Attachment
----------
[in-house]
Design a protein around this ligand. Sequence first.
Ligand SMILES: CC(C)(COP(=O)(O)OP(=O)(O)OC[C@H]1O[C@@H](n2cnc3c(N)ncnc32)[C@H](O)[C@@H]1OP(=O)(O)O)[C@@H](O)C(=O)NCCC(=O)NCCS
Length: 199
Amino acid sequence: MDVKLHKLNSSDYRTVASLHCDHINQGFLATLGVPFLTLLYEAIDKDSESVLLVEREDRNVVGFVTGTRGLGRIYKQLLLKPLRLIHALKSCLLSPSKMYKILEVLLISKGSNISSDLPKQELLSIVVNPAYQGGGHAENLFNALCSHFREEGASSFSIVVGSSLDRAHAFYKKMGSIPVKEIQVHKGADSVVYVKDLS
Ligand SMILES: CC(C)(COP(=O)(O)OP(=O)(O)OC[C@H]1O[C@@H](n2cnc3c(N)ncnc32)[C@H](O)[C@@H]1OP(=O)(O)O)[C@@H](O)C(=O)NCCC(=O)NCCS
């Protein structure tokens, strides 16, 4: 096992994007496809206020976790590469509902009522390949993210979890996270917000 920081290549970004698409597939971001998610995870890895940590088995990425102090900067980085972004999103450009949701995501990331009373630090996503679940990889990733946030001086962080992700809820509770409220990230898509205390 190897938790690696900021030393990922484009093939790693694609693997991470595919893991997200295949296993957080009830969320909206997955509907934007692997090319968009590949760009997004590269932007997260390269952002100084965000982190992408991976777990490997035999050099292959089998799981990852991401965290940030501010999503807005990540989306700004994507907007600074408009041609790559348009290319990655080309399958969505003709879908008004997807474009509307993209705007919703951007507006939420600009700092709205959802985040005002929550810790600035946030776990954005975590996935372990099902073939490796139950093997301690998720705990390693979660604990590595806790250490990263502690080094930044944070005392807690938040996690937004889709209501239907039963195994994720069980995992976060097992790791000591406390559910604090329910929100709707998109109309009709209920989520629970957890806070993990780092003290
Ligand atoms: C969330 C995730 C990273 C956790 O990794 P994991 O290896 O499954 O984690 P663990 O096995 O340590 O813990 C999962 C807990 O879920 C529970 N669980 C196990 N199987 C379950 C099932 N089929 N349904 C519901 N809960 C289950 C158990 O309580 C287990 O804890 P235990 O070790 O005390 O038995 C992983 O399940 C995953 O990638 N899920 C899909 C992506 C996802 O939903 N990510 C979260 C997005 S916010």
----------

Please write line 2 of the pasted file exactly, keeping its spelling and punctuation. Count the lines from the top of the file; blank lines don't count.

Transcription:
Design a protein around this ligand. Sequence first.